The commendable effort put in by our amazing team, goes without saying. However, the contest exposed many challenges. Although the Internet infrastructure in Ghana is growing at a rapid rate, there still were certain challenges like service interruption which either prolonged some training sessions or made it rather difficult for participants to follow. Notably, the challenge of running online training sessions along with the problems we face as Ghanaians and for that matter, Africans, whose history is generally passed down through oral tradition, was quite glaring. The difficulty faced by many Akan translators using the Content Translation tool was off putting.
There were a few other challenges that had to do with the dashboard. For instance, the article data did not include the usernames for some of the created articles. Again, there was no separate database for Wikidata or the Wiki Incubator. Lastly, we believe the dashboard interface should also at least reflect the number of new wikidata items created.
User:Edithobayaa1 and User:Xibitgh were exceptional in their contributions to English Wikipedia. For Wikidata, User:DaSupremo was a standout contributor while User:Kwaku Berko also contributed immensely to content on Akan Wikipedia with his translation of existing articles.
Arguably, the biggest challenge was the final stage, which had a jury panel sieve through to determine the positions of contributors and ultimately the winner. The difficulty stemmed from the fact that we appreciated each and every person’s contribution and the effort they put in, whether big or small. The 6-member jury panel made up of active community members who are experienced Wikipedians and Wikimedians alike, were rather proactive in their assigned roles and helped ease the burden of such a very successful contest.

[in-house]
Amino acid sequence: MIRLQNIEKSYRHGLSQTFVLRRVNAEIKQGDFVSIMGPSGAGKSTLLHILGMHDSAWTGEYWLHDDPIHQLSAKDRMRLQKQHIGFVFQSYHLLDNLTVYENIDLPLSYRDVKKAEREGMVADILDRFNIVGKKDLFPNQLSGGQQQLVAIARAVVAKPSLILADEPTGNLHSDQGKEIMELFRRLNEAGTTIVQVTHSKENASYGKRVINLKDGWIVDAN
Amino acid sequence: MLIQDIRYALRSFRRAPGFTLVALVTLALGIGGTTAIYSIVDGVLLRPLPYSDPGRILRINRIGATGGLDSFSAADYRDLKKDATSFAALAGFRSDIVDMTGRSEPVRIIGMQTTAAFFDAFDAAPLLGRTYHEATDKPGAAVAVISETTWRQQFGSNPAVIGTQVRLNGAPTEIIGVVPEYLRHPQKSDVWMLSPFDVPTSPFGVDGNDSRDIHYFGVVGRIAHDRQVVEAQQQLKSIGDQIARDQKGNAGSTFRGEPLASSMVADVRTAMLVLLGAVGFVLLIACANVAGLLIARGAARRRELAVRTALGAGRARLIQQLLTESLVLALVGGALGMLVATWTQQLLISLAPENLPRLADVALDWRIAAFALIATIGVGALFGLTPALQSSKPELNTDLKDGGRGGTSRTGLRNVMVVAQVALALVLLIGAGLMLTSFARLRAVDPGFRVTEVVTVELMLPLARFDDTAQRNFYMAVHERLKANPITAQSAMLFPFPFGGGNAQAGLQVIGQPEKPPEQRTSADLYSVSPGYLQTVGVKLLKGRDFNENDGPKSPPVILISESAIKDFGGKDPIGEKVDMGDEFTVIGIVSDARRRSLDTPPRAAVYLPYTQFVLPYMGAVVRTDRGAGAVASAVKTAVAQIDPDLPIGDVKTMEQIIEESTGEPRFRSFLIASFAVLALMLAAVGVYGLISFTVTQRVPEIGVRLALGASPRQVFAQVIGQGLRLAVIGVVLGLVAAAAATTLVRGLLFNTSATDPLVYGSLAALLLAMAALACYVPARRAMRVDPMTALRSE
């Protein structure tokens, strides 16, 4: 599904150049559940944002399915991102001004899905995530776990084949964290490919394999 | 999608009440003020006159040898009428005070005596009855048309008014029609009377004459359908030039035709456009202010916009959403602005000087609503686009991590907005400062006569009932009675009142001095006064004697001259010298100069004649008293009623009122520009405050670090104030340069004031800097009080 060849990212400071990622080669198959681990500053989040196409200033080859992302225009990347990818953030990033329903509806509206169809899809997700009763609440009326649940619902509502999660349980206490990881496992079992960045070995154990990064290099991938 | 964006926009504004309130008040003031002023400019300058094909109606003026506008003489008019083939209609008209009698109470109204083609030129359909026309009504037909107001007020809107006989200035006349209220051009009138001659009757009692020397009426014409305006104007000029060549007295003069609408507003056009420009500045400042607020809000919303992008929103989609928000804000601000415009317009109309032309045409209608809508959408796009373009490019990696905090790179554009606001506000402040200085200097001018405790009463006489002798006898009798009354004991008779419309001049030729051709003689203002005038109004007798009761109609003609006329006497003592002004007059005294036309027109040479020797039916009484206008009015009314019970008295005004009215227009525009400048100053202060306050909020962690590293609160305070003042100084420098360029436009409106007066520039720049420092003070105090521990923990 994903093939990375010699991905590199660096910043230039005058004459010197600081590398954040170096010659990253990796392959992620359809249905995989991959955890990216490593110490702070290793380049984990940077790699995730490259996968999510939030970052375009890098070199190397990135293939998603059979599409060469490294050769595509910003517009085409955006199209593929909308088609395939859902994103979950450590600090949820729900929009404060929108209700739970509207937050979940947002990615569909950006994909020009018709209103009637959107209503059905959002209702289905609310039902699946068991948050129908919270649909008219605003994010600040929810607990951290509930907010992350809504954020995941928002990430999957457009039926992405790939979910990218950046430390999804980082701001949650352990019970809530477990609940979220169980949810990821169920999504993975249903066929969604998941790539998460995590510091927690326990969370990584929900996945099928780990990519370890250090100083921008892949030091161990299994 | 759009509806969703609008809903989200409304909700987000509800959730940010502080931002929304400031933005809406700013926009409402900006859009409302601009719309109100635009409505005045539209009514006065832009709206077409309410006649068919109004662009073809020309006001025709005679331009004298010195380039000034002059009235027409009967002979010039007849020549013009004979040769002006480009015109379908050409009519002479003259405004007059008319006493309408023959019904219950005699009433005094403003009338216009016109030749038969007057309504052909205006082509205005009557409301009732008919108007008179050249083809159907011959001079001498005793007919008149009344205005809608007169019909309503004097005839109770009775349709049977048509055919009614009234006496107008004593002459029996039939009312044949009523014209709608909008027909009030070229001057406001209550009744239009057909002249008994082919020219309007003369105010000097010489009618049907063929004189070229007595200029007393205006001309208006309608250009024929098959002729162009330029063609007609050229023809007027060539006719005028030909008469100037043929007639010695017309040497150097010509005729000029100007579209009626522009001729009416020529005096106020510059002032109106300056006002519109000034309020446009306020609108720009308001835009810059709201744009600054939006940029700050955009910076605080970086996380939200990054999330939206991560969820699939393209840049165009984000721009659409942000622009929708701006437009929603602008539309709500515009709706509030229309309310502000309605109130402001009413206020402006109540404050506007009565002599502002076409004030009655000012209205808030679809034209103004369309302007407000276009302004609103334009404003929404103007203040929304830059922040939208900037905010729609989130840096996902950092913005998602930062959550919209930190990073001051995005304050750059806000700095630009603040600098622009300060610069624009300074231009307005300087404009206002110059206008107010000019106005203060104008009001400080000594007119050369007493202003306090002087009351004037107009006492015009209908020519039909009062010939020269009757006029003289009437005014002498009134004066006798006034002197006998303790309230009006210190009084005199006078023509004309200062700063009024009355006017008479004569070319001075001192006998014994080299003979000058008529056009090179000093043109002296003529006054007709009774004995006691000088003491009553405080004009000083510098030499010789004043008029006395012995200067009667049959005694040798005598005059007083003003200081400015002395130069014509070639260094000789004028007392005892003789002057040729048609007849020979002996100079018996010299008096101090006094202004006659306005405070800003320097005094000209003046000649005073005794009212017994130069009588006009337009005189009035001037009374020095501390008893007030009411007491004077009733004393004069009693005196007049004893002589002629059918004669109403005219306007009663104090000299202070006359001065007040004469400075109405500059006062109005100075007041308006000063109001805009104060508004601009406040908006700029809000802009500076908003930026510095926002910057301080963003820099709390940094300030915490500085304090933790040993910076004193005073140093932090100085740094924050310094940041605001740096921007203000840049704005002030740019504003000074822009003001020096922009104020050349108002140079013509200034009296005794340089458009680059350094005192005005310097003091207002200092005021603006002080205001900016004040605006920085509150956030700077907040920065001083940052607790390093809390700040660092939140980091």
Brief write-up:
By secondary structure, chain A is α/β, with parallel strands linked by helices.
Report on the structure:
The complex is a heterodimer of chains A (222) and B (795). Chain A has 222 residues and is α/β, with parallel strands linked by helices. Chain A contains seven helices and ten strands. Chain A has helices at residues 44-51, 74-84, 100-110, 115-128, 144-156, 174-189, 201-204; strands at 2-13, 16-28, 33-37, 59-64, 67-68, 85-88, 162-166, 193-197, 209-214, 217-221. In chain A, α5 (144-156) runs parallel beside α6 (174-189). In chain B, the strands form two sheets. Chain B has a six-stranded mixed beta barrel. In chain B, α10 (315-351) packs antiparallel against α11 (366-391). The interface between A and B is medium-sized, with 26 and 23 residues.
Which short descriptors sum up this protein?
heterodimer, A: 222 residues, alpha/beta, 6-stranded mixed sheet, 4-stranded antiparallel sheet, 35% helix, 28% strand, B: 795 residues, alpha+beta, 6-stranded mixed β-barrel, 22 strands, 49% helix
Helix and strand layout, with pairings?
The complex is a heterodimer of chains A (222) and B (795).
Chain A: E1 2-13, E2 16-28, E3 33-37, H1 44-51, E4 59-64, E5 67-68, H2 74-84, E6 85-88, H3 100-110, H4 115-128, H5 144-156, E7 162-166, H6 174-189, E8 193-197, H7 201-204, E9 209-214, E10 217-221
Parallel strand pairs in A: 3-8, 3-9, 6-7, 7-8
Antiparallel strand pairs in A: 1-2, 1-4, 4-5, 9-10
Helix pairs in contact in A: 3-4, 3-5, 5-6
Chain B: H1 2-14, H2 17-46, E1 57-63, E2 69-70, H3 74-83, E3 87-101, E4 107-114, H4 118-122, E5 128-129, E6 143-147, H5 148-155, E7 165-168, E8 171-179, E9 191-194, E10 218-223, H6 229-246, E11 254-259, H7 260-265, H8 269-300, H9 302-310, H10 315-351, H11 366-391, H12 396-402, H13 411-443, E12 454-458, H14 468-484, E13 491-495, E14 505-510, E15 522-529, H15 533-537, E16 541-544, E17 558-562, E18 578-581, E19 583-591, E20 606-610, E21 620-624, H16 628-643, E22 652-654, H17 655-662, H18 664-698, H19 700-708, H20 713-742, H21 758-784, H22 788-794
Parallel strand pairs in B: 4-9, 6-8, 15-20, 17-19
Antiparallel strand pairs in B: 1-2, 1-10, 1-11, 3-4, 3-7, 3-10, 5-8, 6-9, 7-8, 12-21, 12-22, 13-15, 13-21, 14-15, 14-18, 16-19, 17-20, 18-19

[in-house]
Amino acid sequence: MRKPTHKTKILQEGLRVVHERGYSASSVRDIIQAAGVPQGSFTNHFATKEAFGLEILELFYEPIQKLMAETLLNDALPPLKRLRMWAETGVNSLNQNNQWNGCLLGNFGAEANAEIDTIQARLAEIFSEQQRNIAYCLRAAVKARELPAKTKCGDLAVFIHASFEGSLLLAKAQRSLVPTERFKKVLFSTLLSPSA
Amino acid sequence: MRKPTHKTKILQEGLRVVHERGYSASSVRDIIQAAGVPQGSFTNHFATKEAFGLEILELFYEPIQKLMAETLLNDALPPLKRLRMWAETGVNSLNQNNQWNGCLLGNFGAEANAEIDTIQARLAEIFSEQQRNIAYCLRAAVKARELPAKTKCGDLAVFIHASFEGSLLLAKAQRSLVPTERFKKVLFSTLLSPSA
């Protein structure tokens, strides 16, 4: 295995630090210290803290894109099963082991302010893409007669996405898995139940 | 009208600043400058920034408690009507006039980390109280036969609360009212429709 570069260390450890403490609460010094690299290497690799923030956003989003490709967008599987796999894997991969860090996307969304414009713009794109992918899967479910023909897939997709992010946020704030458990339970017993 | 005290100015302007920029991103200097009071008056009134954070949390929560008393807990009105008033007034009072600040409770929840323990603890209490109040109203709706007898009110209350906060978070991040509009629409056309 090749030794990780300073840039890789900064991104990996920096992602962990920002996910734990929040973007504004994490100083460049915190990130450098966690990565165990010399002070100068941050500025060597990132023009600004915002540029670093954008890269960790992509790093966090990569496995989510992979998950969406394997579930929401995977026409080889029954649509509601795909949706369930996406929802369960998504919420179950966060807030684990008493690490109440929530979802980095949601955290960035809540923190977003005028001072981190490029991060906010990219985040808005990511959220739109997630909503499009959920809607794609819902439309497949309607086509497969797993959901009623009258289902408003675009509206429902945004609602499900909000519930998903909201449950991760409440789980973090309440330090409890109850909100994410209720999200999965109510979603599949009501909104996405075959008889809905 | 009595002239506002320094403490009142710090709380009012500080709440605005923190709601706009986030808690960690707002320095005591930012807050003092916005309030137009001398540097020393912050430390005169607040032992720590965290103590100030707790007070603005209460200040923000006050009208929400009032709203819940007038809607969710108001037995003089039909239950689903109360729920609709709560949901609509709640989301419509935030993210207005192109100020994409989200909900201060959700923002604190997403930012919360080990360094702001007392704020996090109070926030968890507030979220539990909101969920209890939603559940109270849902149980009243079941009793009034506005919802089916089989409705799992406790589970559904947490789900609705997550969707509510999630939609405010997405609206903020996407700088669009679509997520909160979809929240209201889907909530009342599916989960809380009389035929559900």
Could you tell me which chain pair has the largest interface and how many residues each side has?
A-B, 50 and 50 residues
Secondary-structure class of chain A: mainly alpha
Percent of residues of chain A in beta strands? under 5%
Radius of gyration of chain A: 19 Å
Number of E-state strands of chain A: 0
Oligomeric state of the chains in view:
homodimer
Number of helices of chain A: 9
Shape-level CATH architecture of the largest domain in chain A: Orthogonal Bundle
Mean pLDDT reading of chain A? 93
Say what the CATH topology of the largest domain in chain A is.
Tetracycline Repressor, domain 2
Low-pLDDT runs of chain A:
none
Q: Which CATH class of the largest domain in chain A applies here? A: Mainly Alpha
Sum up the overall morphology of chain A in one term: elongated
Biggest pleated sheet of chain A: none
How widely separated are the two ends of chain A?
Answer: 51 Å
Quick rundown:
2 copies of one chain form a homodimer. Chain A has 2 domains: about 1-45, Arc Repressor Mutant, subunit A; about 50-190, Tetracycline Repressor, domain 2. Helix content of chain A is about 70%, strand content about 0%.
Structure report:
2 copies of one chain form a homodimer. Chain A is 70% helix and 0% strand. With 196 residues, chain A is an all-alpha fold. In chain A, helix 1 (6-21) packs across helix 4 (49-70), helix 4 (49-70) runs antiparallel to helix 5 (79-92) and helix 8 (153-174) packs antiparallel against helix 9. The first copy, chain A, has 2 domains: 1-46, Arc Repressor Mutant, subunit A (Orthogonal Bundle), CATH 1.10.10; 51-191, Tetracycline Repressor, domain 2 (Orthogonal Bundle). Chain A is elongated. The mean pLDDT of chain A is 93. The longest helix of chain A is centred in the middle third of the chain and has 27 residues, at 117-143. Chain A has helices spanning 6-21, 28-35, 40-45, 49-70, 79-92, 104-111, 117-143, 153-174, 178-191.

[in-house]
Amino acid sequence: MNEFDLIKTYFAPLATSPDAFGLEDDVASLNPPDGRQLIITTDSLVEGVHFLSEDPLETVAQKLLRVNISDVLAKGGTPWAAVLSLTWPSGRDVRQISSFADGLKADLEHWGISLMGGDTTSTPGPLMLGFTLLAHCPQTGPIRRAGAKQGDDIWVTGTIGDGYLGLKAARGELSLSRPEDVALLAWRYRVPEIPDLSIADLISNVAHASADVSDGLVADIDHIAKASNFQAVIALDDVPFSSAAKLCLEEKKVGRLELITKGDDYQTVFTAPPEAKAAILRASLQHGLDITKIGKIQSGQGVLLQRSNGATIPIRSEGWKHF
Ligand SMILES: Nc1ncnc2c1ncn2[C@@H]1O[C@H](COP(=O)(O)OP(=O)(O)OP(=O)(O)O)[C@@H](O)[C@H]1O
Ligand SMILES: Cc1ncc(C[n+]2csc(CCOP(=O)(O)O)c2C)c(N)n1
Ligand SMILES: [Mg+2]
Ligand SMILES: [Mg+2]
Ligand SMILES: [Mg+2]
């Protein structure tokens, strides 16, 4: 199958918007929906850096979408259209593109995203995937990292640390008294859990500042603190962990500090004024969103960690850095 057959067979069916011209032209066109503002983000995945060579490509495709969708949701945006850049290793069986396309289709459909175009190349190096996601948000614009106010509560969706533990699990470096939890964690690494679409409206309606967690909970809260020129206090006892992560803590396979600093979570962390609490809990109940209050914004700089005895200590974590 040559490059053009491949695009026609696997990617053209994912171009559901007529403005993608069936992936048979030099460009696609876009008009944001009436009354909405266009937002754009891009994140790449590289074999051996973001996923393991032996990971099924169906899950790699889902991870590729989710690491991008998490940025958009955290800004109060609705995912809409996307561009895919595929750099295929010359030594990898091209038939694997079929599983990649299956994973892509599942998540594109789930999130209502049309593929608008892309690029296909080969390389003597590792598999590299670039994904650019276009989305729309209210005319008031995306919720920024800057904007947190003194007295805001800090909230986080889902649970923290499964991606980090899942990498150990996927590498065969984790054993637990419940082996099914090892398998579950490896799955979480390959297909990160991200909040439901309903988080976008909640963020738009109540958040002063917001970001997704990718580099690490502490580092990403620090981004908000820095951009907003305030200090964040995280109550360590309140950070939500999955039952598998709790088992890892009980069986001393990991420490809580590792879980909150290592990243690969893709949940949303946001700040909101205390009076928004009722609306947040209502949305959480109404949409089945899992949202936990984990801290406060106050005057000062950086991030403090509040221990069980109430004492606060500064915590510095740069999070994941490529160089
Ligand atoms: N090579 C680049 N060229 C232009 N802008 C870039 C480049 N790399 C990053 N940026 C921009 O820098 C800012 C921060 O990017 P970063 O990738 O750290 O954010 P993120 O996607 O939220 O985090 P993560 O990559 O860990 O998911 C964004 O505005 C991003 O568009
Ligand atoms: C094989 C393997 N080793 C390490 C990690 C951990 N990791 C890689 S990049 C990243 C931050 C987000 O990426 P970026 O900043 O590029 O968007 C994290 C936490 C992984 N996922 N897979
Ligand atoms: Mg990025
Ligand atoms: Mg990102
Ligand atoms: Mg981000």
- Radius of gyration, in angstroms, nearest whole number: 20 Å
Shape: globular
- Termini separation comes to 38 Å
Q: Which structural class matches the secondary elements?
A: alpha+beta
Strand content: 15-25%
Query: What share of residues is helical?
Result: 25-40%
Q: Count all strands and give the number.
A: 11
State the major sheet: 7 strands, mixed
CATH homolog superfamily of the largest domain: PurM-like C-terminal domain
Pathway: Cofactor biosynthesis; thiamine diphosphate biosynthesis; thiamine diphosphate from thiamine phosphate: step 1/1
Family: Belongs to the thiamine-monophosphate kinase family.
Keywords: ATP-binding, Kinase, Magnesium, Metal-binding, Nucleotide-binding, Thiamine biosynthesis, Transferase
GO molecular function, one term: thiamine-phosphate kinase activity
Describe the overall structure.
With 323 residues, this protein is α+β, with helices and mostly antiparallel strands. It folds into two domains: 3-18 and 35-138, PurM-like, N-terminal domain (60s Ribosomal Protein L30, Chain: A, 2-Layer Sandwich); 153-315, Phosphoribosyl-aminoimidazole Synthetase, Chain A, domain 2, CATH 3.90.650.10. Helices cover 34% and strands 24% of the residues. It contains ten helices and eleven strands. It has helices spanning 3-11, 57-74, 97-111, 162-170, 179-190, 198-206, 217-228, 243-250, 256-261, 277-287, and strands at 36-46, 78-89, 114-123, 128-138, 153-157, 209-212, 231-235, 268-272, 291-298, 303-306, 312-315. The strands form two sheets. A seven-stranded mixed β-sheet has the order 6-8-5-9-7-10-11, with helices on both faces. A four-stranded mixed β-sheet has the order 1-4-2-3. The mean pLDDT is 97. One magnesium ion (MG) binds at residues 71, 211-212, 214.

We’d like to use this opportunity to appreciate the efforts of the jury made up of the following:
- Ruby D-Brown- User:Ruby D-Brown
- Pamela Ofori – User:Pambelle12
- Joris Darlington- User:Joris Darlington Quarshie
- Stephen Dakyi-User:NanaYawBotar
- Gameli Bediako- User:Gkbediako
- Nii Amarquaye Commey- User:Cnii
At the end of the contest 429 articles were created, and 841 were improved. As many as 3480 references were added while 280 photos were uploaded on Wikimedia commons. (Kindly refer to the image below for more)
With our vision of bridging the digital information and skills gap in Africa, coupled with our commitment to preserving Africa’s cultural heritage, the only way is up. Given our dedicated team members and vibrant community, the prospects for the future are staggering and we hope to run similar campaigns in future- ones that contribute to the sum of knowledge around the countries in Africa and the African continent as a whole. Because open resources hold a great prospect in bridging the knowledge gap for the future, we are hopeful that we can cultivate a culture of free and selfless contribution to open projects and to create awareness around the benefits of these resources.
This contest has given us better insight into organizing events and harnessing the power of social media. In our journey of preserving Africa’s cultural heritage, we hope to make giant strides in order to achieve that goal and still contribute significantly to bridging the digital information gap about Africa.